Firefighters conduct firing operations to protect Sequoia National Park Headquarters

On the KNP Complex of fires in Southern California

10:58 a.m. PDT Sept. 24, 2021

KNP Complex of fires map
KNP Complex of fires map. The red line was the perimeter at 11 p.m. PDT Sept. 23, 2021. The white line was the perimeter Sept. 19. The green areas are the approximate locations of giant sequoia groves.

One of the highest priorities on the 36,850-acre KNP Complex of fires in Sequoia National Park other than protecting the giant sequoia trees is stopping the south edge of the fire before it gets to Mineral King Road, the location of many structures. On Thursday there were five hotshot crews and a dozer building fireline on the perimeter from Oriole Lake to the east to tie it in with rock. This is not far from the Oriole and Atwell Groves of sequoias. Aircraft supported this operation to reduce the fire’s intensity, enabling firefighters to work closer to the edge of the fire. They expect to complete this section of line on Friday.

To see all of the articles on Wildfire Today about the KNP Complex of fires, including the most recent, click HERE.

In recent days the fire spread closer to the National Park Service facilities in the Ash Mountain area, including the helibase and park headquarters. After weeks of planning and preparation, on Thursday firefighters conducted a tactical firing operation north of the Generals Highway to remove fuel and help protect the structures. They reported it went well. Weather permitting, on Friday firefighters will conduct a similar operation south of the highway not far from park headquarters. The smoke will again be very visible from Three Rivers. Tying all this in will be key to preventing further westward movement of the fire toward park HQ and the communities along the highway.

KNP Complex, firing operation above park headquarters
KNP Complex of fires. Firing operation above park headquarters, Sept. 23, 2021. Looking toward Fry Point from Ash Mountain Headquarters. NPS photo by M. Theune.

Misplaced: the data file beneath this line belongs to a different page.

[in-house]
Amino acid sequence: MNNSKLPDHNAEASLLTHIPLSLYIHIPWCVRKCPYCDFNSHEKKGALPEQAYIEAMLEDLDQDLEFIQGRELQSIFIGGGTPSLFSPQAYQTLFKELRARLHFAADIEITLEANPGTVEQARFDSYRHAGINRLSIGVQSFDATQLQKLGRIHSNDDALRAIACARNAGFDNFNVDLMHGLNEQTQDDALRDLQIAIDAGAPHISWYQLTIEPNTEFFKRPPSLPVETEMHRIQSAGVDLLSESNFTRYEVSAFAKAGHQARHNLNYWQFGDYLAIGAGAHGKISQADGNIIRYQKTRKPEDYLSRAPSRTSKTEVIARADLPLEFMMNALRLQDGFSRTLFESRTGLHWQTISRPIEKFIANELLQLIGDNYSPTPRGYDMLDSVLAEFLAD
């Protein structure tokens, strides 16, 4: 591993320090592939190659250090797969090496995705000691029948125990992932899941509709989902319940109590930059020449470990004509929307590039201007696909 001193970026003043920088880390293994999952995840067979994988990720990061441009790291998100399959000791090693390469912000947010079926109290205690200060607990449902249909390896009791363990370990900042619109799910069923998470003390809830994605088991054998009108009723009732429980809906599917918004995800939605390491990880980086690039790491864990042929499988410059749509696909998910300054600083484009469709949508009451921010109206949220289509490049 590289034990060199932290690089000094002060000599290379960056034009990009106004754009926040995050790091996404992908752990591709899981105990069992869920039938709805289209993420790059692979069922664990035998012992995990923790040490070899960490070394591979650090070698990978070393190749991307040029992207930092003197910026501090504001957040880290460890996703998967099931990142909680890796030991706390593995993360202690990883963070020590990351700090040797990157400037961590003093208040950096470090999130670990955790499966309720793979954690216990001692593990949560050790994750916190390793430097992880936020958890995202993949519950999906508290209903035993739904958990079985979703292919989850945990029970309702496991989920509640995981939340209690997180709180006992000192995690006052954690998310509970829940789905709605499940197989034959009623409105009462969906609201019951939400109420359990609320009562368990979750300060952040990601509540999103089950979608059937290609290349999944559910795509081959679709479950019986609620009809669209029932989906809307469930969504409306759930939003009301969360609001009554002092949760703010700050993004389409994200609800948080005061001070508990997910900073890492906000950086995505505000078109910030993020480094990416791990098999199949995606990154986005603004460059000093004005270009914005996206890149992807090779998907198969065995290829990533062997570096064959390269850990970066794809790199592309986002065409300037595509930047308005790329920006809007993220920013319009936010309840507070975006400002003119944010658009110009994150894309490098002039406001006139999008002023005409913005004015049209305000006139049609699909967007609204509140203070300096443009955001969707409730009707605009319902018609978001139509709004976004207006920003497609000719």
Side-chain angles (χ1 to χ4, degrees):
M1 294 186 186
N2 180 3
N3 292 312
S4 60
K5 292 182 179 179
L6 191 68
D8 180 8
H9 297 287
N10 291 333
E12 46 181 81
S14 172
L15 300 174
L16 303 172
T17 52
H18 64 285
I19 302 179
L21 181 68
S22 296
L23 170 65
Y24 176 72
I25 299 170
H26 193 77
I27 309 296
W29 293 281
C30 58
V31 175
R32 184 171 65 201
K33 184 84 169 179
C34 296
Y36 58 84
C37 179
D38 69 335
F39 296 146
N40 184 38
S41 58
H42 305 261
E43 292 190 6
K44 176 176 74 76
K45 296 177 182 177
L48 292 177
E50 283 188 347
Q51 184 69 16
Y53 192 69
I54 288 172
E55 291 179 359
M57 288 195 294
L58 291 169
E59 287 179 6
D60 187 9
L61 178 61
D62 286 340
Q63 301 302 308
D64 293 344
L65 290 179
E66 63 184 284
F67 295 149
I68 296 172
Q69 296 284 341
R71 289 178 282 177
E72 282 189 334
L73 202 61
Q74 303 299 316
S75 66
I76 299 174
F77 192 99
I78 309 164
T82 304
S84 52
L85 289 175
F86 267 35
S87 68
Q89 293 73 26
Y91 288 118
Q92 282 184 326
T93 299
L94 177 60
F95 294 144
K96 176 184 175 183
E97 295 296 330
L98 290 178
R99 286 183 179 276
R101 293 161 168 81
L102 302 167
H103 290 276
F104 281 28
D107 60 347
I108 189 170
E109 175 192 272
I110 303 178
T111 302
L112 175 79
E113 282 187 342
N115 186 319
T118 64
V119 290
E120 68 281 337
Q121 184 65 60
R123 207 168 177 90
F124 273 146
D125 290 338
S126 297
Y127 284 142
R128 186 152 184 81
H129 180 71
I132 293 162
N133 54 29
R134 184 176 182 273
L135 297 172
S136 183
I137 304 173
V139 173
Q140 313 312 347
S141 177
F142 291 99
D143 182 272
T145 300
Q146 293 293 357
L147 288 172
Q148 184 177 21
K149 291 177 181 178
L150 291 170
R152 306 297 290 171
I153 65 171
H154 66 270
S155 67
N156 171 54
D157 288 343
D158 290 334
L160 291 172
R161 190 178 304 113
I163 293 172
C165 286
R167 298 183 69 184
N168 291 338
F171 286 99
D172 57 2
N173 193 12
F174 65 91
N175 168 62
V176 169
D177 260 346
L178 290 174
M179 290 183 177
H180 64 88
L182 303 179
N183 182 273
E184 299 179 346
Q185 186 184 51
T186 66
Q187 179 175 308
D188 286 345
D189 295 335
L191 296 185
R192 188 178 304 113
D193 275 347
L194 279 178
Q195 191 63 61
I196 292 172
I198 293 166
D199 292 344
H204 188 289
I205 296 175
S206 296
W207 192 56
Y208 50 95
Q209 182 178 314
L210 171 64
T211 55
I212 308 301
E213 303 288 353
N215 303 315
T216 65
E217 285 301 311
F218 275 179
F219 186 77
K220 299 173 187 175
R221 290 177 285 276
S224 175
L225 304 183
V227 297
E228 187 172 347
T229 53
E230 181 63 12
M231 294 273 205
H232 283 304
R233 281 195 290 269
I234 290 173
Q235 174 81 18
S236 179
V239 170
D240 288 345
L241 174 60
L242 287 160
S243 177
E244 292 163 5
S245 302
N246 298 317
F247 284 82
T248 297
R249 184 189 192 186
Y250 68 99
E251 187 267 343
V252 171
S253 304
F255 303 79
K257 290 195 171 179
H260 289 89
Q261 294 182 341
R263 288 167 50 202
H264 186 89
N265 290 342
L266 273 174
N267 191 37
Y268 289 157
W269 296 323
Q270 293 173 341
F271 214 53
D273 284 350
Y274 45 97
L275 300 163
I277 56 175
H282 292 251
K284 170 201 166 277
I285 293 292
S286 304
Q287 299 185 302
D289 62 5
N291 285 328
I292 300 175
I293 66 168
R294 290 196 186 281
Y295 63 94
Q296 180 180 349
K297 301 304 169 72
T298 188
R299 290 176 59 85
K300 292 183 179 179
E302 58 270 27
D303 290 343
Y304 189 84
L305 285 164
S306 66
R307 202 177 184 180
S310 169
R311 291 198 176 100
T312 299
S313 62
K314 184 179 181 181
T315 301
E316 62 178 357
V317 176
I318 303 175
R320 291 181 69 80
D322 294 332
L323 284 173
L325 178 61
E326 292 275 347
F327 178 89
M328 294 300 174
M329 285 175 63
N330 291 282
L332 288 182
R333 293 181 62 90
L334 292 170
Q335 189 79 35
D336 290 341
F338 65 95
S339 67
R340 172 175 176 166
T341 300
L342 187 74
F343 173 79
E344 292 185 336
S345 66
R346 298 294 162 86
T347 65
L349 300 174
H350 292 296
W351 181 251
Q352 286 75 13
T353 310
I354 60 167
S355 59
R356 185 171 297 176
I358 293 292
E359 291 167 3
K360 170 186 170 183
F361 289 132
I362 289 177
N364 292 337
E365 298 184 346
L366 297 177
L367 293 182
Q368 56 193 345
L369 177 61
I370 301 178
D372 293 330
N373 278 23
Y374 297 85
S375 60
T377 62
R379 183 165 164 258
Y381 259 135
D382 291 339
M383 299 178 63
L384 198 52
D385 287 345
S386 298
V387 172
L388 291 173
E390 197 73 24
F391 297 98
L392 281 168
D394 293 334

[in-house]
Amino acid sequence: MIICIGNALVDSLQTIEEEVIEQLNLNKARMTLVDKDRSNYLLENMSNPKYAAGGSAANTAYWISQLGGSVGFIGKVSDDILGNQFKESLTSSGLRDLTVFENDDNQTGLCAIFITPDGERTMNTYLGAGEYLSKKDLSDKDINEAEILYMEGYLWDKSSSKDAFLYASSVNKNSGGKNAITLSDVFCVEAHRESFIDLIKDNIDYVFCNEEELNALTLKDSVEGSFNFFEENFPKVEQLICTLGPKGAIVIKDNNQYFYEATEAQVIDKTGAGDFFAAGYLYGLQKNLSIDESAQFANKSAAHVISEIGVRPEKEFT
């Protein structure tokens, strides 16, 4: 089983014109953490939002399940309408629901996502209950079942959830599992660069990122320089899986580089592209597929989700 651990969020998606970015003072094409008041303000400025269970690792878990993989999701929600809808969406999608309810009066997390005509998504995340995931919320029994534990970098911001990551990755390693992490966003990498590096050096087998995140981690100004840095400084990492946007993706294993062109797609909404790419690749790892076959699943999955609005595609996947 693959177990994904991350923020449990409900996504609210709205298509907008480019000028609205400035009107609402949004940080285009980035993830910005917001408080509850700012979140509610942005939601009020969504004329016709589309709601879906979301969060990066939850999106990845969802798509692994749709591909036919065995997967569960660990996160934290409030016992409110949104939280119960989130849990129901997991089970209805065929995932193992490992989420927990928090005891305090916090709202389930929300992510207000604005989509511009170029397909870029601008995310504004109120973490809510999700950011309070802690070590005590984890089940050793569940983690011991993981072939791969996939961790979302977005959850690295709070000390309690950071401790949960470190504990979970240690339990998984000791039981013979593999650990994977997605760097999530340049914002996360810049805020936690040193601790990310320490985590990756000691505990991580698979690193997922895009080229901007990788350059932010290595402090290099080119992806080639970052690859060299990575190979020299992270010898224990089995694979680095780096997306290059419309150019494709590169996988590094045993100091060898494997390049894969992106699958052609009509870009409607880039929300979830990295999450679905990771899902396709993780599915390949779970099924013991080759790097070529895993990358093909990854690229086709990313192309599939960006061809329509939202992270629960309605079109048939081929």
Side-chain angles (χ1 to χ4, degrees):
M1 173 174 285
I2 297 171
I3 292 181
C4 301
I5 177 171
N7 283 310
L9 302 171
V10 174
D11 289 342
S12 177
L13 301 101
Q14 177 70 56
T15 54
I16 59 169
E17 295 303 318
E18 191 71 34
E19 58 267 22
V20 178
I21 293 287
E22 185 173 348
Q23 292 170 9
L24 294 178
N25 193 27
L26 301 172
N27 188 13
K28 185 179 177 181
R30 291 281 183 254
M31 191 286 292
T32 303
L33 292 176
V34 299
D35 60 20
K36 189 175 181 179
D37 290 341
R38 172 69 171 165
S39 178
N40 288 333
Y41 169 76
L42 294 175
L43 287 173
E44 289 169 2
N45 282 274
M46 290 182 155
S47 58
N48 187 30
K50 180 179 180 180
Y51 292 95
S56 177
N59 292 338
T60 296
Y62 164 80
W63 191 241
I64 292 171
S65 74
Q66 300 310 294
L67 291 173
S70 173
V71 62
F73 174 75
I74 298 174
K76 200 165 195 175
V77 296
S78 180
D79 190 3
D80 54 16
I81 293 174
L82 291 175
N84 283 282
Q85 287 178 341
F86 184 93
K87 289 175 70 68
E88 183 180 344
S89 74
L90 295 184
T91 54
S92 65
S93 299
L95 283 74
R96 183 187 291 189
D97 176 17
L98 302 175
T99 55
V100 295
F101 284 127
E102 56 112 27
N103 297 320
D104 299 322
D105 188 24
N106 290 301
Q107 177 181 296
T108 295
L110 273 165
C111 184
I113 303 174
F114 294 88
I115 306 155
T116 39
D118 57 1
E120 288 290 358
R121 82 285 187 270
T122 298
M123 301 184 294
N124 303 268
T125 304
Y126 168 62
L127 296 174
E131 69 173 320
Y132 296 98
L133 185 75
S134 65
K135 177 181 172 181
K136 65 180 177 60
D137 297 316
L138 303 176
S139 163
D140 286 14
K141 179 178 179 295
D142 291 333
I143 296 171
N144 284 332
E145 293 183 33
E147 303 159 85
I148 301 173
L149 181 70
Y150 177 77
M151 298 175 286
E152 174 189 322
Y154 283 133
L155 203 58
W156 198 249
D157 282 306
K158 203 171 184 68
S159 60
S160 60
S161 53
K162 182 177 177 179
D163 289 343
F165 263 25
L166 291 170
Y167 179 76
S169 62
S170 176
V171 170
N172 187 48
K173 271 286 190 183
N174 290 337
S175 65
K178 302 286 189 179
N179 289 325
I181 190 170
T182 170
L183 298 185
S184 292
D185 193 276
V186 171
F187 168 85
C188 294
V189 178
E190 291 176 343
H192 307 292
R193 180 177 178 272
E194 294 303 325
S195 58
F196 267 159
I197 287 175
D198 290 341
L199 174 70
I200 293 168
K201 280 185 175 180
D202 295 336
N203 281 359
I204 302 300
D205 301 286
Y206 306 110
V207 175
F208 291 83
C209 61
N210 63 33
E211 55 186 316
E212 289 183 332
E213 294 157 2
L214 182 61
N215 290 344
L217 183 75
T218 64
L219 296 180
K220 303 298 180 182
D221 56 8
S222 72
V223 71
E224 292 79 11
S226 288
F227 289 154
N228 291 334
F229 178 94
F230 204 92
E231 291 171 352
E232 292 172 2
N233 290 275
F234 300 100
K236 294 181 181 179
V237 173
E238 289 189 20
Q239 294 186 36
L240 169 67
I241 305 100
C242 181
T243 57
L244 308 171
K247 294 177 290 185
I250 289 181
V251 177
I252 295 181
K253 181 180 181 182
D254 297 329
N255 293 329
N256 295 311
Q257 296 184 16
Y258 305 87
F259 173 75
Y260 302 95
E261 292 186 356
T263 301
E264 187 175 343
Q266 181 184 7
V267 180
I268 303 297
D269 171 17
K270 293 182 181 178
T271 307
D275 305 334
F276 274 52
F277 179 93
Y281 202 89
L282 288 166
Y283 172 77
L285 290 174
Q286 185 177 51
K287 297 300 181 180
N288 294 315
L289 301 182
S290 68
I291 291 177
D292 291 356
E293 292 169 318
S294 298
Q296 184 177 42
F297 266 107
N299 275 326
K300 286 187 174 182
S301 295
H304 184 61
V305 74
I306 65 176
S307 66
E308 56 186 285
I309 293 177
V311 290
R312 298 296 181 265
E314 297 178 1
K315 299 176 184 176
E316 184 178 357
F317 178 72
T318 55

In a Thursday morning briefing Operations Section Chief Jon Wallace said he did not have enough hand crews and other resources to be able to work on all of the high priority areas at the same time, and is forced to shift them around based on fire activity.

Roads in shaded fuel breaks on National Forest land northwest of the fire were being re-opened Thursday by 17 dozers. This will allow firefighters access if the fire moves into the area. Other fuel treatments in the park, including a long history of prescribed fire, have been very effective in slowing the spread of the fire, Mr. Wallace said.

KNP complex of fires dozer
A dozer improved the fire road from Ash Mountain to North Fork on Sept. 19, 2021. NPS photo by Mark Garrett.

The General Sherman tree and all of the other giant sequoias are still standing in the Giant Forest. The fire moved into the grove a fairly short distance before firefighters were able to stop it in that area.

A drone is being used to help ignite burnout operations on the north side of the fire west of Little Baldy.

A mobile retardant base is now operational north of the fire at Meadows. Helicopters will be loaded there with fire retardant and gel to slow the spread of the fire in the sequoia groves, assisting firefighters on the ground.

Resources assigned to the fire include 49 hand crews, 58 fire engines, 28 dozers, 35 water tenders, 11 masticators, and 21 helicopters for a total of 1,620 personnel.

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Author: Bill Gabbert

After working full time in wildland fire for 33 years, he continues to learn, and strives to be a Student of Fire.